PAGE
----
Features 3 Mar 2021

Q&A: ProMX series developments

What's new for the Australian Motocross Championship in 2021.

Over the past few weeks, Motorcycling Australia (MA), the promoter of the new-look 2021 Penrite ProMX Championship, has unleashed a swathe of announcements and updates as they look to overhaul the Australian Motocross Championship. This Q&A feature helps make sense of it all before the gates drop on the series next month.

Image: Foremost Media.

Q: Will we see new race formats this year?

A: Race formats across all classes have been tweaked so that they’re time-driven rather than by the number of laps, but the MX1 sees the biggest changes. At rounds one, three, five and seven the racers will race two shortened 25-minute plus one-lap races. At rounds two, four, six and eight they’ll race one 25-minute plus one-lap moto, then a pair of shortened back-to-back motos (13 minutes plus one lap). These rounds will use the Olympic scoring method for each race, like we saw at the Monster Energy Supercross Triple Crowns, where race placings are combined to give a combined score and determine championship points. These sprint races are polarising, since they make for entertaining racing and will have the fast-starters rubbing their hands, but it tends to put a lot of emphasis on getting the holeshot and makes it tough to work through the pack if you get an average jump off the start. All other fields will run standardised formats – MX2 racers will complete two 25-minute plus one-lap motos and MX3 (formerly MXD) two 20-minute plus one lap.

Q: What is the points structure going to look like?

A: MA has decided to do away with former promoter Williams Event Management’s (WEM) model that awarded points down to 30th place and reverted to the more conventional points tabulation. That means each moto winner will receive 25 points, second will receive 22, third 20, fourth 18 and fifth 16. Points from sixth through to 20th will descend by one point per position. While there are benefits to standardising the points structure to other championships around the world, it means hard-working privateers could find themselves coming away from events with nothing to show for their efforts. Unique formats that set the Australian championship apart have been scrapped, such as the Super Pole, which awarded points to the five fastest qualifiers toward the championship. On the upside, the fastest qualifier in a new ‘shootout’ will receive $500, though (more on that in a minute).

Q: Is it true that we’re finally getting live TV in Australian Motocross?

A: Yes, MA has come through with the goods in this department and fulfilled their early promises. Each round will be brought into lounges across the country on live TV, while international audiences will also have access to livestreaming and a share of TV. SBS has jumped onboard as the official free-to-air TV partner, while Fox Sports will cover each round on pay TV in Australia and Asia. At the same time, each round will be streamed online. Some familiar faces will front the cameras, with former pros Lee Hogan and Danny Ham joining host Riana Crehan, who has years of motorsport television experience.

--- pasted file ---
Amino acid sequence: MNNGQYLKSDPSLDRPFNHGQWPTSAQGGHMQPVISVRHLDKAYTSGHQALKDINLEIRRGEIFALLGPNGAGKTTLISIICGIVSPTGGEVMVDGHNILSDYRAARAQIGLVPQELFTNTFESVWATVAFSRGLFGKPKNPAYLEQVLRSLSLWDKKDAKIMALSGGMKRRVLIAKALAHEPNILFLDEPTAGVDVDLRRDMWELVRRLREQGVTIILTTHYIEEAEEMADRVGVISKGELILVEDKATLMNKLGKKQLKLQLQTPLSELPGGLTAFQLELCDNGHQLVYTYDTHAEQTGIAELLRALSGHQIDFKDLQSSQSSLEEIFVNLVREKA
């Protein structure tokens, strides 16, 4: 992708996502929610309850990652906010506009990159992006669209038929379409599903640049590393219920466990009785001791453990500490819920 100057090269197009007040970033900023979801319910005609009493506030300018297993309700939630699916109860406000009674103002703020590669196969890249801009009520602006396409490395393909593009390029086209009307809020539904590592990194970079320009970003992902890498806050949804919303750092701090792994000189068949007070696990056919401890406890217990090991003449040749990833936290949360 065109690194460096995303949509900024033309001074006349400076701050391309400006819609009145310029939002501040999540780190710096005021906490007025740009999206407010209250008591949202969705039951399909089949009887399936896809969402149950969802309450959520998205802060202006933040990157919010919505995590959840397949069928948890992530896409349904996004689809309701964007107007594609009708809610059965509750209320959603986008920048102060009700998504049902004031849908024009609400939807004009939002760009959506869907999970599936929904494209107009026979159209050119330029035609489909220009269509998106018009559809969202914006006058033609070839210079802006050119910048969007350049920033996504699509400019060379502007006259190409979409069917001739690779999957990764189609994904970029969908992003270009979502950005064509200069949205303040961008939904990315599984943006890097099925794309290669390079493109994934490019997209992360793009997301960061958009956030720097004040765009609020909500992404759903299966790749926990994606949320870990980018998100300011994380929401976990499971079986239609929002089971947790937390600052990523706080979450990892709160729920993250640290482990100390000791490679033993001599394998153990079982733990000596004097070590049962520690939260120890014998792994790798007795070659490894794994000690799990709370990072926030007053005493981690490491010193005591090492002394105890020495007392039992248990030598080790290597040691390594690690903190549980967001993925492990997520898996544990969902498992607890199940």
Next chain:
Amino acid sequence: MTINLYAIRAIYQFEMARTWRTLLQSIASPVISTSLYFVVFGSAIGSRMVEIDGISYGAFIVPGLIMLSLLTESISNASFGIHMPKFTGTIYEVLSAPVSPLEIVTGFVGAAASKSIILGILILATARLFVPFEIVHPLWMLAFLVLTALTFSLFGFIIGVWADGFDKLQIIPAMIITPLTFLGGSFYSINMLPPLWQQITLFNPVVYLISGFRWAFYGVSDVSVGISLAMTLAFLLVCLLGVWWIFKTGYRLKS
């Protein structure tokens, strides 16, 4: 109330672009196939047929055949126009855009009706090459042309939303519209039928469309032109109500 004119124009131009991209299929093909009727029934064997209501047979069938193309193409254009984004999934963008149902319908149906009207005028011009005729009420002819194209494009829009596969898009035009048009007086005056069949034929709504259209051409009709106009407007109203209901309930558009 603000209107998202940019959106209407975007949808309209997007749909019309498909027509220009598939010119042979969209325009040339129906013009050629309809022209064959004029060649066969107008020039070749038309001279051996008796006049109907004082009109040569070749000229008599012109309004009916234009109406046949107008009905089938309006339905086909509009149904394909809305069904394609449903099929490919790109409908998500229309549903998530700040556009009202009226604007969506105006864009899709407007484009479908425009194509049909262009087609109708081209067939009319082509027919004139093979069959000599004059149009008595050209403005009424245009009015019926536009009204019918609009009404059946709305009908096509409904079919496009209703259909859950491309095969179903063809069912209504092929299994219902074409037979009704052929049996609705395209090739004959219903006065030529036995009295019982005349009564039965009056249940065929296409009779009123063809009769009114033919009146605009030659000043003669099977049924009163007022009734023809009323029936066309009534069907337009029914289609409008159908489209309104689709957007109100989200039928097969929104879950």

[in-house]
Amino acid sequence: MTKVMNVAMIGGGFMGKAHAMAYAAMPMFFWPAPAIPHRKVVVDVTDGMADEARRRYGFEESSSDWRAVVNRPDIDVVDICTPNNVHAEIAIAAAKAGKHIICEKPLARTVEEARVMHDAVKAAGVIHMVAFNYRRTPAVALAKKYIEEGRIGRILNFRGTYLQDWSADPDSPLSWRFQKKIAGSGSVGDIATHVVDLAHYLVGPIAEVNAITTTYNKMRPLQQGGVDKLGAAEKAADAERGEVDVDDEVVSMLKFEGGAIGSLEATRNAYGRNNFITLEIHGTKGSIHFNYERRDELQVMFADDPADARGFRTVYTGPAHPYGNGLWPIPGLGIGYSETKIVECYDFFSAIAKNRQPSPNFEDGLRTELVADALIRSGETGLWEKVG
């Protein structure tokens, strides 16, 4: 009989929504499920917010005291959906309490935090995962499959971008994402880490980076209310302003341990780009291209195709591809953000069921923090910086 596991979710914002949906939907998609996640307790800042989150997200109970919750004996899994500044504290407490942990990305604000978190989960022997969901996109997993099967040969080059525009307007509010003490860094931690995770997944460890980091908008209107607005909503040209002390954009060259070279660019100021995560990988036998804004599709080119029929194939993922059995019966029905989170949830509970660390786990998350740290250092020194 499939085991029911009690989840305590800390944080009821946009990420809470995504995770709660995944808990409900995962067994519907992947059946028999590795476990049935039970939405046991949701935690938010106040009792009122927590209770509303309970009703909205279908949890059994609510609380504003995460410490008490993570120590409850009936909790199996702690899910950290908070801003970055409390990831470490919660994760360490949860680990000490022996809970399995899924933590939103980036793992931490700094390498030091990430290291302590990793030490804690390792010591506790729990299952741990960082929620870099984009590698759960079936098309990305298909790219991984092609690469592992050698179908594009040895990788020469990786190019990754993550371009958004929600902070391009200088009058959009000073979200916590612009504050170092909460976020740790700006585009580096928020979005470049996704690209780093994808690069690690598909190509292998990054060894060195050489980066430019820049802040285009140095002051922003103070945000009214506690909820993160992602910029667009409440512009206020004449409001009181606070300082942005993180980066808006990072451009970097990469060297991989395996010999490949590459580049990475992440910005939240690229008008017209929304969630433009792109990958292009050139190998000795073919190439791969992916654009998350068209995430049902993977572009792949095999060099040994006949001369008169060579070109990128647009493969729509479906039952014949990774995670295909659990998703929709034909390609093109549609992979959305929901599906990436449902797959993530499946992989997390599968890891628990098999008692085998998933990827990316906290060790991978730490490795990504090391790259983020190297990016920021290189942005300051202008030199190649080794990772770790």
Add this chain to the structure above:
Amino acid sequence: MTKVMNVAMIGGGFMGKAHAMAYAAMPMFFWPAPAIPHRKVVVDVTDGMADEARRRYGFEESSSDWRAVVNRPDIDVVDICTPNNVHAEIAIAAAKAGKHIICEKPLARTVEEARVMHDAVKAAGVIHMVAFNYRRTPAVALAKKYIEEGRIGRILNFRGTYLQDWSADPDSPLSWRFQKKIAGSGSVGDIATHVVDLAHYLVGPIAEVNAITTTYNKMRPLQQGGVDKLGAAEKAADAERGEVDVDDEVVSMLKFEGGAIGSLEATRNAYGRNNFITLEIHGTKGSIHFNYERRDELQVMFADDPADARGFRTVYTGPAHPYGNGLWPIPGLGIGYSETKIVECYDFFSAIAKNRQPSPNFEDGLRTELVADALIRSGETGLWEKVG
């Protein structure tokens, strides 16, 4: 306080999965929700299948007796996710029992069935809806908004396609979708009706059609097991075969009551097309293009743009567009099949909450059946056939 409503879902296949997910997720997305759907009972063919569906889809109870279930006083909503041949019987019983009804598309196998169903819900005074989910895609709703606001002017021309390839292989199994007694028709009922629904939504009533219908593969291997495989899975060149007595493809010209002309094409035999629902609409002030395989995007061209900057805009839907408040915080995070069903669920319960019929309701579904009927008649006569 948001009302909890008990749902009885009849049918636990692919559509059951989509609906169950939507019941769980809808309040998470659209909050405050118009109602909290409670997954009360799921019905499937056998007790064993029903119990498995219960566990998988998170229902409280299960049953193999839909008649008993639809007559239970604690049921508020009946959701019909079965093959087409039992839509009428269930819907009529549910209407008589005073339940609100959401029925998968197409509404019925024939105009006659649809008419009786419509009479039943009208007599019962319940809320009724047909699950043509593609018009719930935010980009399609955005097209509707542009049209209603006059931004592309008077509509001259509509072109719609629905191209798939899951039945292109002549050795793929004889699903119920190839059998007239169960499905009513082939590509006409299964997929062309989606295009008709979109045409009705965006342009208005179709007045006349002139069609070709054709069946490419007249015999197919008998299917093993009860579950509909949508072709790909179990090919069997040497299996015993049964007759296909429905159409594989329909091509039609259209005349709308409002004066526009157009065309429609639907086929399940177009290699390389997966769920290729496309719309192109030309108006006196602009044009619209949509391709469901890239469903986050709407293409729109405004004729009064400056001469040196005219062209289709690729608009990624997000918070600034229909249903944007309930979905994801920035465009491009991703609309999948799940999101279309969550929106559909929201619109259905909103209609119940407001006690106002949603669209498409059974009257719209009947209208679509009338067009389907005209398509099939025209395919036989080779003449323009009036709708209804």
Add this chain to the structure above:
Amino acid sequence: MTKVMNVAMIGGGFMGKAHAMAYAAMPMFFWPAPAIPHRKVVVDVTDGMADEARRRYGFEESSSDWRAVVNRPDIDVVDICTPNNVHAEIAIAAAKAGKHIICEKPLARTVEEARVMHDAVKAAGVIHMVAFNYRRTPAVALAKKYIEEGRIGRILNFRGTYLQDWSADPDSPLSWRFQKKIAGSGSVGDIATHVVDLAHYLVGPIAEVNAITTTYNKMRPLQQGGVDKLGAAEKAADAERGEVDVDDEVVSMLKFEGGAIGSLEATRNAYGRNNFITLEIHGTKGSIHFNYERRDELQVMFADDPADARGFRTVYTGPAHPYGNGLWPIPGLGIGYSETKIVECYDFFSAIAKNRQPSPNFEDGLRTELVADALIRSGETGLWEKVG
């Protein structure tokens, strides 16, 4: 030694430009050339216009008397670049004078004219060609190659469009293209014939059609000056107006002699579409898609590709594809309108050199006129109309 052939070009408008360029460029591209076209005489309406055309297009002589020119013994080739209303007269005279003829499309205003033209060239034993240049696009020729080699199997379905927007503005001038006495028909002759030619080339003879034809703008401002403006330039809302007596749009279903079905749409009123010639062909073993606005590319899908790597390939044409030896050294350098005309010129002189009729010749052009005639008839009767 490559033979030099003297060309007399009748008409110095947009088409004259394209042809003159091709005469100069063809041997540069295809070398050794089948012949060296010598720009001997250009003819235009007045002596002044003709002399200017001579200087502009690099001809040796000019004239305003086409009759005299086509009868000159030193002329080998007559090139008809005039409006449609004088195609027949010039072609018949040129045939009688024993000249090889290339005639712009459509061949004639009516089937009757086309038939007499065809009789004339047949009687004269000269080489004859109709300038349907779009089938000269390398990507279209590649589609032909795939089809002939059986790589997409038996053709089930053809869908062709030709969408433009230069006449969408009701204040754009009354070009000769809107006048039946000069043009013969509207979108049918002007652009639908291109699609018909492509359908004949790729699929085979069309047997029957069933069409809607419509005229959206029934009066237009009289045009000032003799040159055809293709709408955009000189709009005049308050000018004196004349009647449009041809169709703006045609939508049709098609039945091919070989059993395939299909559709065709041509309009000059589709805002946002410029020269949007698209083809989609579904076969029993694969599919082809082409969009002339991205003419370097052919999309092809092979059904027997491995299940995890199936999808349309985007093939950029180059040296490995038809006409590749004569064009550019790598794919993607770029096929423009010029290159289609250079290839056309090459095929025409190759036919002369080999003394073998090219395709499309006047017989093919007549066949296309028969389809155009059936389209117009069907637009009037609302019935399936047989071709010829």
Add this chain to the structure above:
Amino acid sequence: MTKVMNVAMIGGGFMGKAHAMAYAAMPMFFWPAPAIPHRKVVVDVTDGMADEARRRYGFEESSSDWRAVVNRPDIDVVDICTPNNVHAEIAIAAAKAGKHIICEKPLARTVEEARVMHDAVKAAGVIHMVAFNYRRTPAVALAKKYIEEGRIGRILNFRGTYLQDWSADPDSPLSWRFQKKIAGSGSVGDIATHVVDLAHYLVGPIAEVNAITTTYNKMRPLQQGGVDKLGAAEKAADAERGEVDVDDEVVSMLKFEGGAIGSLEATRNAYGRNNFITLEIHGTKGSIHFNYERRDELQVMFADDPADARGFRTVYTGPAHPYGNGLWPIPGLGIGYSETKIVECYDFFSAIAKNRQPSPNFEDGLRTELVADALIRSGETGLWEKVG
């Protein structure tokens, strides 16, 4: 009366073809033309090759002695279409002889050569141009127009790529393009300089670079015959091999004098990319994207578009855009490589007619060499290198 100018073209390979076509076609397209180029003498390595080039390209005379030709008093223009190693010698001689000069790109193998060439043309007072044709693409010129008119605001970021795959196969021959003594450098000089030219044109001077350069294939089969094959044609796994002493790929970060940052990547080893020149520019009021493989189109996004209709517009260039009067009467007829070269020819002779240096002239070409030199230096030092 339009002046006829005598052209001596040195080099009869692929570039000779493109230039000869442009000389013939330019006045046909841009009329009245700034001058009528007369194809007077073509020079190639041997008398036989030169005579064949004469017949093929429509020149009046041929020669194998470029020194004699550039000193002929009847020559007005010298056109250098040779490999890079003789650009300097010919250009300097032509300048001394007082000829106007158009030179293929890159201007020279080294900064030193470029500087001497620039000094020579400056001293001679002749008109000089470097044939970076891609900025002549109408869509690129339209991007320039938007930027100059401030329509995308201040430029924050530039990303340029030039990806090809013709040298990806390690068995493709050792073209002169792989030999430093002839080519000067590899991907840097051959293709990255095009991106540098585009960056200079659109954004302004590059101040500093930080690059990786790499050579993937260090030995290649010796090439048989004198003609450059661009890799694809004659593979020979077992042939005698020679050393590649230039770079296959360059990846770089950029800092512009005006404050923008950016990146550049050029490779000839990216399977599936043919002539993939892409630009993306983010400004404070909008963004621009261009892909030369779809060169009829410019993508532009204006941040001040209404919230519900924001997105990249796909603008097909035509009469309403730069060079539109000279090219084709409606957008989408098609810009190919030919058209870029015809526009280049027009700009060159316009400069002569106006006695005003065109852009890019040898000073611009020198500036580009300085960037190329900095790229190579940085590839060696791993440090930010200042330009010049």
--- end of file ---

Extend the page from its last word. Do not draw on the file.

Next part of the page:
Image: Foremost Media.

Q: How will and how much prize money will be distributed?

A: The biggest change here is that MA will pay out prize money per round, rather than for the championship, and has a bigger pool of total cash to award. Sounds good, right? In theory, yes, but it’s worth mentioning that only those who place in the top 10 at each round will see any money. Under WEM’s watch, championship prize money was paid to the top 15 racers overall in each class. The top privateers in both MX1 and MX2 will also find their bonuses have been scrapped. Despite this, the spread of prize money is more balanced across all categories and is generally higher. We mentioned last week that the amount on offer has risen dramatically from $48,400 to $65,750 between 2020 and 2021, however, the last time WEM ran a full series in 2019, the prize money pool was $61,700. A full breakdown of the prize money for each class is available in the series supp regs.

Q: What does it cost to enter a round of the championship?

A: MA has shaved some dollars off most of the classes… just. MX1 will cost $290 per round to enter (reduced by $5), MX2 will set you back $275 ($10 cheaper) and MX3 $245 ($30 cheaper). Curiously, the MXW entry fee has been increased $25 to $245 per round. These fees include a levy for Racesafe, but don’t cover transponder hire if required. In exchange, racers in the MX1 and MX2 classes will receive four event passes (one for the rider and three for supporting crew) and all other classes receive three passes. Until this year each entrant was only provided two passes.

Q: Penrite has obviously come on-board as the naming rights’ sponsor. Who are the other main supporters?

A: AMX Superstores has come on board as a major sponsor, expanding the official title of the championship to – and take a deep breath – ‘Penrite ProMX Championship presented by AMX Superstores’. Meanwhile, Thor and Pirelli have both returned as the naming-rights sponsors for the MX1 and MX2 classes respectively, while Maxxis has signed on as the official sponsor of the MX3 class. All in all, it’s really positive that the industry is getting behind motocross and that, as a result, MA has been able to piece together a truly promising series.